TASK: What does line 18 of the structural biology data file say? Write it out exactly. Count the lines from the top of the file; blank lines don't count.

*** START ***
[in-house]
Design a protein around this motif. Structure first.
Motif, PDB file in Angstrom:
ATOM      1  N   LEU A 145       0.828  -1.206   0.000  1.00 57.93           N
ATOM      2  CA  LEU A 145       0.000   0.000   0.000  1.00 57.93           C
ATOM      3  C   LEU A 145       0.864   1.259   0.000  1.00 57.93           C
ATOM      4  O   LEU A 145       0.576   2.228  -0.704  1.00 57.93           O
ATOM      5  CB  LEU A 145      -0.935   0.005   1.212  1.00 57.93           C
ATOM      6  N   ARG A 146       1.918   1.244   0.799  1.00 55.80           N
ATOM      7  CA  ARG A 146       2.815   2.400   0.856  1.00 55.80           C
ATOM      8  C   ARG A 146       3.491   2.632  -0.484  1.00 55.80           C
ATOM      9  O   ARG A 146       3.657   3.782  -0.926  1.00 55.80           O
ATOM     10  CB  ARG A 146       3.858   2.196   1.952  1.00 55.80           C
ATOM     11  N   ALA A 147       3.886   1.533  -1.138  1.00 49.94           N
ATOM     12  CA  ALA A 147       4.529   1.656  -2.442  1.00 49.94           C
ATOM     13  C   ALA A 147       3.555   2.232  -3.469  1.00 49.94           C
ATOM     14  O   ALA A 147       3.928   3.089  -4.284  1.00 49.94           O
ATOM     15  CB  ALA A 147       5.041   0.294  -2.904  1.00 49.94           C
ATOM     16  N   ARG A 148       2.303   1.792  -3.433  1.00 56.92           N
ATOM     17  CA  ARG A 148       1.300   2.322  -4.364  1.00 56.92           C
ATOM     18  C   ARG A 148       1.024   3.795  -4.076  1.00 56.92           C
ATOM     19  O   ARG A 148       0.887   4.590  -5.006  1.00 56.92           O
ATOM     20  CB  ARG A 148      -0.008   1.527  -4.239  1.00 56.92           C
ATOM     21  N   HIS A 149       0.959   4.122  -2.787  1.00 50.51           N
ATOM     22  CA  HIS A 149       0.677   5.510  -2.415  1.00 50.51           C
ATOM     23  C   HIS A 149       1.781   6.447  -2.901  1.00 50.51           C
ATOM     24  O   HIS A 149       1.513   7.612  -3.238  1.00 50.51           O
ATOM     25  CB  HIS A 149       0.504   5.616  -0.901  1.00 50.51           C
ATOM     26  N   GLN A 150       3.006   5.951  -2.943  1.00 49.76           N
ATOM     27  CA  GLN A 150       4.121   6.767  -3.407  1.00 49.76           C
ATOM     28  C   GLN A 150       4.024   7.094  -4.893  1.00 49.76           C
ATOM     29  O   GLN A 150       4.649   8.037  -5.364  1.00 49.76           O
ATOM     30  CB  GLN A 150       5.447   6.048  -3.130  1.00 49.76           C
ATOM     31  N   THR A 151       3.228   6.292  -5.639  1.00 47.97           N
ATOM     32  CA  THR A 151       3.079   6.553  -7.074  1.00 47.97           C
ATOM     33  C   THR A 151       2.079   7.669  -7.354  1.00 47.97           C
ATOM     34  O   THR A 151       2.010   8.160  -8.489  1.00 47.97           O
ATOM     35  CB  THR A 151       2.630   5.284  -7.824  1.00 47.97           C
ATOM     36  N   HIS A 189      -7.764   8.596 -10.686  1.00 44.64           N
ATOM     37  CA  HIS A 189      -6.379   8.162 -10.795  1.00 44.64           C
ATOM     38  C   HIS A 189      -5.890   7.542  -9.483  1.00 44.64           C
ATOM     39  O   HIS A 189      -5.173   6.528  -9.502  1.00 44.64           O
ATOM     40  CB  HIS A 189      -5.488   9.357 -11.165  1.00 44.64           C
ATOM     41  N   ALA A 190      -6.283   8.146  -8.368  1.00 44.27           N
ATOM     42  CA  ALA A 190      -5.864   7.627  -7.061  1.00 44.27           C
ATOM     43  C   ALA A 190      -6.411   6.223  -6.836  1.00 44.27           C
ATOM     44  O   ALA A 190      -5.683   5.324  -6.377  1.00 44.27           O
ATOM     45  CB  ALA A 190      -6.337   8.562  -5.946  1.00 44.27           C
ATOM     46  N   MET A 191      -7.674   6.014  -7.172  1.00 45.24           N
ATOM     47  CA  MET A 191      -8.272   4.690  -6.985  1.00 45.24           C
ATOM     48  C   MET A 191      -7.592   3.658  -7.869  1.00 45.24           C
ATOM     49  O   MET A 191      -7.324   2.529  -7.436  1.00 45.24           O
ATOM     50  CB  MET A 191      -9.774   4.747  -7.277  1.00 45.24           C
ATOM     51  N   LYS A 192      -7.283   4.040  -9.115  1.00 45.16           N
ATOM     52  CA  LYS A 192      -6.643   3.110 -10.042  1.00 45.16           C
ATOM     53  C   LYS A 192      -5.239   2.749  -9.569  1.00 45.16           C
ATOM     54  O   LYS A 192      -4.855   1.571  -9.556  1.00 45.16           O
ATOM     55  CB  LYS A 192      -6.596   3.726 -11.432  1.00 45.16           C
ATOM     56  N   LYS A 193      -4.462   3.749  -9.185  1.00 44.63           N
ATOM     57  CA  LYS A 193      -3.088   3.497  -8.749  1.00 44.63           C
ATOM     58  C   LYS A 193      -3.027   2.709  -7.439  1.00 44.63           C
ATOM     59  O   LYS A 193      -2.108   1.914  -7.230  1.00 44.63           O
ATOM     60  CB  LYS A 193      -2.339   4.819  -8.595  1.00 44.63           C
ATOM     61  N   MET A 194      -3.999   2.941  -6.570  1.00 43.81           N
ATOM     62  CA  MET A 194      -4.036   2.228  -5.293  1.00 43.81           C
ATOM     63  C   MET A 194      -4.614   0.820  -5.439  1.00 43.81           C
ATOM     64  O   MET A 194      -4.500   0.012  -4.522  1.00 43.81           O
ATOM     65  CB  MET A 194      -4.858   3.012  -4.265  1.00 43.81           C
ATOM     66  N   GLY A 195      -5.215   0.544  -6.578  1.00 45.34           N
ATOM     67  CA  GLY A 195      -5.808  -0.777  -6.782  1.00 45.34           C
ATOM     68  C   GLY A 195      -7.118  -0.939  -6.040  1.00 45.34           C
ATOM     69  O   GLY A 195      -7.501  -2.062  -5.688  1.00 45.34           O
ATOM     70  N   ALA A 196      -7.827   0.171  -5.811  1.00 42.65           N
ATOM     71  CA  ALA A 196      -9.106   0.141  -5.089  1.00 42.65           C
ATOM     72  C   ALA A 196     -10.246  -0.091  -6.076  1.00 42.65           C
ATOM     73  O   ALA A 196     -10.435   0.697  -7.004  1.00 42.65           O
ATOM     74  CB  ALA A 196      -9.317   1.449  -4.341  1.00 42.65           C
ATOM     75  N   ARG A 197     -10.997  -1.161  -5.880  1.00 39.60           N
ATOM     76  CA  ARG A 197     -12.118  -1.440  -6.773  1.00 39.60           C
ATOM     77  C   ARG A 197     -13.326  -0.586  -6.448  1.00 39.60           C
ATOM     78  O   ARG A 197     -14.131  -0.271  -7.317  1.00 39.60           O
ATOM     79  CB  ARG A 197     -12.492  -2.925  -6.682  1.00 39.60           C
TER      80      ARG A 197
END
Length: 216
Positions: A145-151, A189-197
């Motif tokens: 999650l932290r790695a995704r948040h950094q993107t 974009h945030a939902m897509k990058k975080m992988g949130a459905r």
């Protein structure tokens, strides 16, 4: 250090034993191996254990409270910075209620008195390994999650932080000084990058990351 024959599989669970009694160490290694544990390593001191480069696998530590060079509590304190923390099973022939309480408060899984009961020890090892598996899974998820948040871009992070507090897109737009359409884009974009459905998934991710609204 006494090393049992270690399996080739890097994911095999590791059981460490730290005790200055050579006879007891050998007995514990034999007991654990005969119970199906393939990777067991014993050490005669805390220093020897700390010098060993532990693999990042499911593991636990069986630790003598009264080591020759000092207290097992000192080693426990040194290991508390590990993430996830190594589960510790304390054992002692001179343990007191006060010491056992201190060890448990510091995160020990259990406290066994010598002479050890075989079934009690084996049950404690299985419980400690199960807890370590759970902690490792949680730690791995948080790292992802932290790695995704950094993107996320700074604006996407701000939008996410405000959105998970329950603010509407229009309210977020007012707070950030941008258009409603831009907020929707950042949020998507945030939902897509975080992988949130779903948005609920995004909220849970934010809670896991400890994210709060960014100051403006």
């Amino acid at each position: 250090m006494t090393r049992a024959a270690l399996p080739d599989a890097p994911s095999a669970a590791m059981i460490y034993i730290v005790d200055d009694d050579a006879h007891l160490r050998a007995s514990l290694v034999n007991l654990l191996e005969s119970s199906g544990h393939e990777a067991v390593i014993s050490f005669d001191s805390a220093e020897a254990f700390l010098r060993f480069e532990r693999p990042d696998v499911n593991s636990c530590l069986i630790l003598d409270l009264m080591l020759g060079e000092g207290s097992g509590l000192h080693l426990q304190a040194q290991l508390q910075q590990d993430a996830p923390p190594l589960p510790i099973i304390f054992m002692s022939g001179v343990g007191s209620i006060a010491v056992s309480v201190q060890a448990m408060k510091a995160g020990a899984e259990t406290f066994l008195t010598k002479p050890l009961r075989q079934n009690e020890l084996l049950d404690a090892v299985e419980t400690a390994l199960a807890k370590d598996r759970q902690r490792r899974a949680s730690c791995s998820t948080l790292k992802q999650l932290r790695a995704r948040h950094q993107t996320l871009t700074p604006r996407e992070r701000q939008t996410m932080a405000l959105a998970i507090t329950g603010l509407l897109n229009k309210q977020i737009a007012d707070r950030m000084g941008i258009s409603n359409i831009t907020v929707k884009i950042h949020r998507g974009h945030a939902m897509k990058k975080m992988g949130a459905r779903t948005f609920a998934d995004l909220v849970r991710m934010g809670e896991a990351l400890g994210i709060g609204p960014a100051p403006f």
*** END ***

ATOM     15  CB  ALA A 147       5.041   0.294  -2.904  1.00 49.94           C